Immigration Refugees and Citizenship Canada said it is reviewing the international student program but will share no details or timeline. They also did not answer questions about a B.C.-based study that found many international students get stuck in work unrelated to their field of study.
New research based on a survey of 1,300 B.C. international students highlights how they are finding their Canadian education makes little to no difference on their employment outcomes, in a province that has one of the lowest rates for offering PR.
- See also: B.C. international students are the new temporary foreign workers, stuck without work in their fields: survey
New Canadian Media asked IRCC, the B.C. ministry of post secondary education and future skills, and some post secondary institutions whether they would adopt the key recommendations from the unpublished report.
These recommendations address the use of profit-driven immigration consultants, providing career counseling and other resources specific to international students to find work, and easing the road to permanent residency (PR).
IRCC did not answer these questions except to reiterate the existing rules in place for international students.
“IRCC is undertaking a review of the International Student Program to strengthen program integrity and enhance protections to address student vulnerability, unethical recruitment and non-genuine actors in the program,” the department wrote in an emailed statement.
“The goal is to ultimately protect international students and Canada’s interests, and to help modernize the program to better select and retain students that meet Canada’s economic and social-cultural goals, including francophone and regional immigration objectives.”
They did not provide any details or timeline for when the review will be completed.
- ‘We are not criminals’: Scammed international students facing deportation plead for justice after years in Canada
- Scammed international students will be allowed to stay in Canada: immigration minister
“International students who are genuine applicants that came to Canada to study and were victimized by fraudsters will be given permission to remain in Canada,” immigration minister Sean Fraser said in a press conference on Wednesday, June 14.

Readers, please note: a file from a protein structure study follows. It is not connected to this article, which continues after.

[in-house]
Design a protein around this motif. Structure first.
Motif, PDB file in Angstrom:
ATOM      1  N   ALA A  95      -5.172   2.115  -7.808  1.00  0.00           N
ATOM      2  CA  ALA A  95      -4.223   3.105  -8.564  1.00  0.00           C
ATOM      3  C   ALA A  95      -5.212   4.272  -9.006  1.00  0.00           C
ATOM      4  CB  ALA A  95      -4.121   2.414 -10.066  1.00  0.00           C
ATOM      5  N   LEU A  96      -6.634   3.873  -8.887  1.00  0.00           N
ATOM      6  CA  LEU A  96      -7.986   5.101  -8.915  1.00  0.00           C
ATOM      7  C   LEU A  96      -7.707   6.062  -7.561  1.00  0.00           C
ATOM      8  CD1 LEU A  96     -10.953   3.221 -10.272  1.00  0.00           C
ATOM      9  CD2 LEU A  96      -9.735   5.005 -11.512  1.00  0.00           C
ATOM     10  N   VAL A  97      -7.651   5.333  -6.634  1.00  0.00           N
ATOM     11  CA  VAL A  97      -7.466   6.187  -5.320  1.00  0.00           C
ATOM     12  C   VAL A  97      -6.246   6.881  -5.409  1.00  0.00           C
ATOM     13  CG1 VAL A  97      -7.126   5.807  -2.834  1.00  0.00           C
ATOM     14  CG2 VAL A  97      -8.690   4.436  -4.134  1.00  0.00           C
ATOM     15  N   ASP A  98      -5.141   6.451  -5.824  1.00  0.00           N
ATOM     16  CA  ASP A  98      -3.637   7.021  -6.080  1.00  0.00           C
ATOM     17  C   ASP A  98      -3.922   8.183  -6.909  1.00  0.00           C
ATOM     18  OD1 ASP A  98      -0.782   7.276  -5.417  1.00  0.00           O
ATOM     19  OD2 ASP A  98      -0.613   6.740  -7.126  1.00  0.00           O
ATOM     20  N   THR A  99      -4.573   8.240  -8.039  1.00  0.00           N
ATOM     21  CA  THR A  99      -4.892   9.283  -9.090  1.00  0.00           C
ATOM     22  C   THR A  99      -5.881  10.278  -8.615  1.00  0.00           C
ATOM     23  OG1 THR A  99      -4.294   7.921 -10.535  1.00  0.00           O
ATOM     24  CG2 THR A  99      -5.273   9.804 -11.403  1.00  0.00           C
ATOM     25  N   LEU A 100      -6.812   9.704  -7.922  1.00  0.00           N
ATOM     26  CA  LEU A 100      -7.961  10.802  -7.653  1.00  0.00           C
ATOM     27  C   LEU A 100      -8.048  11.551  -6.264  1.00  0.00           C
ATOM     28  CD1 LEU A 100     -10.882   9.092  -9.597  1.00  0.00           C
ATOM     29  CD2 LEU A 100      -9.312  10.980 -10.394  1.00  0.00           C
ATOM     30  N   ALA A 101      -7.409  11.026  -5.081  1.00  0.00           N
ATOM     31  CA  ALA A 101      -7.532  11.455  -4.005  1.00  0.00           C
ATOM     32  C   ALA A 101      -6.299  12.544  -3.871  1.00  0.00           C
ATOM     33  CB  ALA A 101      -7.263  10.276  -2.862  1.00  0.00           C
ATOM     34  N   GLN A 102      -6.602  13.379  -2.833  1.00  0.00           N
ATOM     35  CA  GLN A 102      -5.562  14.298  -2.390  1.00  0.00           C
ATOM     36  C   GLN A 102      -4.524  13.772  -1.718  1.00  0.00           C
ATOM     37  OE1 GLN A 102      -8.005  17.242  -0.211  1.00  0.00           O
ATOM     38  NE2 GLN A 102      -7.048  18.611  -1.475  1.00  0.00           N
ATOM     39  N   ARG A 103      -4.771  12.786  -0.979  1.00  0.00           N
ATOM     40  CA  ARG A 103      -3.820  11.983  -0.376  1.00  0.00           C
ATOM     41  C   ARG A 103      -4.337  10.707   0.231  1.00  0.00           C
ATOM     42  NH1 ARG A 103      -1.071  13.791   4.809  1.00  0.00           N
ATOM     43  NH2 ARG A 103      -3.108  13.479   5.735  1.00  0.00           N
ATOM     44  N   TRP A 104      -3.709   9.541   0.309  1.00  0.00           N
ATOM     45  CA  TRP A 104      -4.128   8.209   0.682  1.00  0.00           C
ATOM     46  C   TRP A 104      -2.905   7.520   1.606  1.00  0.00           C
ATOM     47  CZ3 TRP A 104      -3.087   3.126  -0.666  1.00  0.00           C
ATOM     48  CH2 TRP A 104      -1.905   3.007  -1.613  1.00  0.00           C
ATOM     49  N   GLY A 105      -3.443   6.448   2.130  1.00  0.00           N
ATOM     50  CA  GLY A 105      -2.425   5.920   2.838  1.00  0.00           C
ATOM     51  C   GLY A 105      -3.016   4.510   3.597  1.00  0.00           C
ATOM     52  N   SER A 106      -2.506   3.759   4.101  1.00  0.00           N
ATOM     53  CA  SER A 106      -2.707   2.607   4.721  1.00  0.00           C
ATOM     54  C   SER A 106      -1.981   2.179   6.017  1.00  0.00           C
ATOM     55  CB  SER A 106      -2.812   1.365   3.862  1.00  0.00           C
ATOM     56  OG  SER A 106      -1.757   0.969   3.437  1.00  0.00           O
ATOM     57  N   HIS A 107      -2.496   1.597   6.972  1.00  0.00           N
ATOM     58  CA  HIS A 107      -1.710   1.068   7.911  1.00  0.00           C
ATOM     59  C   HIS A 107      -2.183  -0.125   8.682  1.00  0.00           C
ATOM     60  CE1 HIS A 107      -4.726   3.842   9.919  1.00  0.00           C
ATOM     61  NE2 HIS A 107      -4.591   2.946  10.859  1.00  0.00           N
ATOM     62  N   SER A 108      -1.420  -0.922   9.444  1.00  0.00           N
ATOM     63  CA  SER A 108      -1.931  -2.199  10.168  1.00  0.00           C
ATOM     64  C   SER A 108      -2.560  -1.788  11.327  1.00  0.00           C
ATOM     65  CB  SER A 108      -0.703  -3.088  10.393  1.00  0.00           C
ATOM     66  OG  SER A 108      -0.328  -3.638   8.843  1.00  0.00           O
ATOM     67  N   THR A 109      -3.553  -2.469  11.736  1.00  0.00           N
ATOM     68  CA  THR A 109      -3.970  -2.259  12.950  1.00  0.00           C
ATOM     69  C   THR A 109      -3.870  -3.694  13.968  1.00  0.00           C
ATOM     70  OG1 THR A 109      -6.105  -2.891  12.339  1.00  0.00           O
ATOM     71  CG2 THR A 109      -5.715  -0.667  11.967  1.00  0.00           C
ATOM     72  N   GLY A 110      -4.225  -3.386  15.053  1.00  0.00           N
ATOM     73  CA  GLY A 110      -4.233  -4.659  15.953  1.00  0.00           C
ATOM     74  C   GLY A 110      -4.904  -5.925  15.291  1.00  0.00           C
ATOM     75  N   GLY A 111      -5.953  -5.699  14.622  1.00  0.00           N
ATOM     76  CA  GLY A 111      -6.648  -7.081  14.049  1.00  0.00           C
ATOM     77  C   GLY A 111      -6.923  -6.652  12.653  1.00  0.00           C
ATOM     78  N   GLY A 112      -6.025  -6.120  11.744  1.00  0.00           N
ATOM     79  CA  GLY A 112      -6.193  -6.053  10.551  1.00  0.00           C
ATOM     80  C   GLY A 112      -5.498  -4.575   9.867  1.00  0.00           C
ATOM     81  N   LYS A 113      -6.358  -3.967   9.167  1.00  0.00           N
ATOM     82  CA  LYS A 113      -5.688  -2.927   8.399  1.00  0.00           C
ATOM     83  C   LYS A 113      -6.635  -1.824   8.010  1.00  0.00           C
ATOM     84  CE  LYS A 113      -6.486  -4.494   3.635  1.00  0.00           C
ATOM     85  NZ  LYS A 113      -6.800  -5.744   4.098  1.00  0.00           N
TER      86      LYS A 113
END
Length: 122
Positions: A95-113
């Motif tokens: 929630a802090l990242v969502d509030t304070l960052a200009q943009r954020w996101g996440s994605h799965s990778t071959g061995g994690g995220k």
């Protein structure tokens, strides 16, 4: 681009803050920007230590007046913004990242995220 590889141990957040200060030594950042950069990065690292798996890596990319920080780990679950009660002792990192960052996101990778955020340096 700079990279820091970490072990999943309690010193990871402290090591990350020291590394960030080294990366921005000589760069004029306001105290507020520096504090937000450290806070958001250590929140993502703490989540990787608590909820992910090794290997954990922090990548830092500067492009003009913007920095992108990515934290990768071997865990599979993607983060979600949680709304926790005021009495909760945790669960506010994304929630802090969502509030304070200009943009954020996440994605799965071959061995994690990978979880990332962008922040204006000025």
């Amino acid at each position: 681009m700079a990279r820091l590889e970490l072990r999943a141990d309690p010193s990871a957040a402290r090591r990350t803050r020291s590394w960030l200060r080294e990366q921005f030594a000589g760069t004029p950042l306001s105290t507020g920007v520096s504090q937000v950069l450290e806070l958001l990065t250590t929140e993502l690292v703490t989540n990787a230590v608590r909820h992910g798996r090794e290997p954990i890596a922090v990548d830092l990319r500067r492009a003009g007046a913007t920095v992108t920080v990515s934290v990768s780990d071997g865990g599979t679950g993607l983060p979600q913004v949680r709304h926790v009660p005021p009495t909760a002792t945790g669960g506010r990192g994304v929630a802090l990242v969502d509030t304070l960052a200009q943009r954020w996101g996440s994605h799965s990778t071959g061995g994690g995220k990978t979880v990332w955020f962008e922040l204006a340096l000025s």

Difficult to reach
According to the unpublished survey, 42 per cent of respondents said they had used an international immigration consultant to apply for a study permit. One of researchers’ key recommendations to post-secondary institutions is to cut ties with profit-driven actors.
For their part, the University of British Columbia — which has the largest overall student population in B.C. — told NCM they do not use international immigration consultants but that the university hires career counsellors that are available to all students.
UBC expects to rake in $657M from international student tuition fees, according to its 2023-2024 budget. The institution does not, however, outline student services and resources specific to international students.
Career services on campus are for both international and domestic students, and the UBC spokesperson shared no details about how they specifically help international students navigate employment in Canada.
Langara College, one of the two institutions in which students were surveyed for the research study, did not respond to NCM.
The B.C. Ministry of Post-Secondary Education and Future Skills told NCM via email that it is also reviewing its education policies and guidelines, in response to evidence of dubious recruitment methods from immigration consultants.
However, the ministry said international student graduates fall off their radar because they are difficult to reach for its annual student outcomes survey.
“This is on the Ministry’s radar to continue to research,” a spokesperson for the ministry wrote via email.
They did not provide a timeline or details about the university’s policy and guideline review.
Note: This article has been edited on July 4, to note that UBC expects to make $657M from international student tuition in 2023-24, and not $54M as mistakenly reported originally.
Keitlyn (they/them) is a multi-media journalist residing in Scarborough, Ont. They are interested in long-form journalism that highlights the visibility of BIPOC expression. True to millennial form, they are a small business owner, carpenter and freelance photographer. They were interested in NCM as it understands the "big picture." Journalists are dedicated to truth and democracy. Our communities have not always had access to these privileges. NCM is filling in a large gap that North American media has long neglected.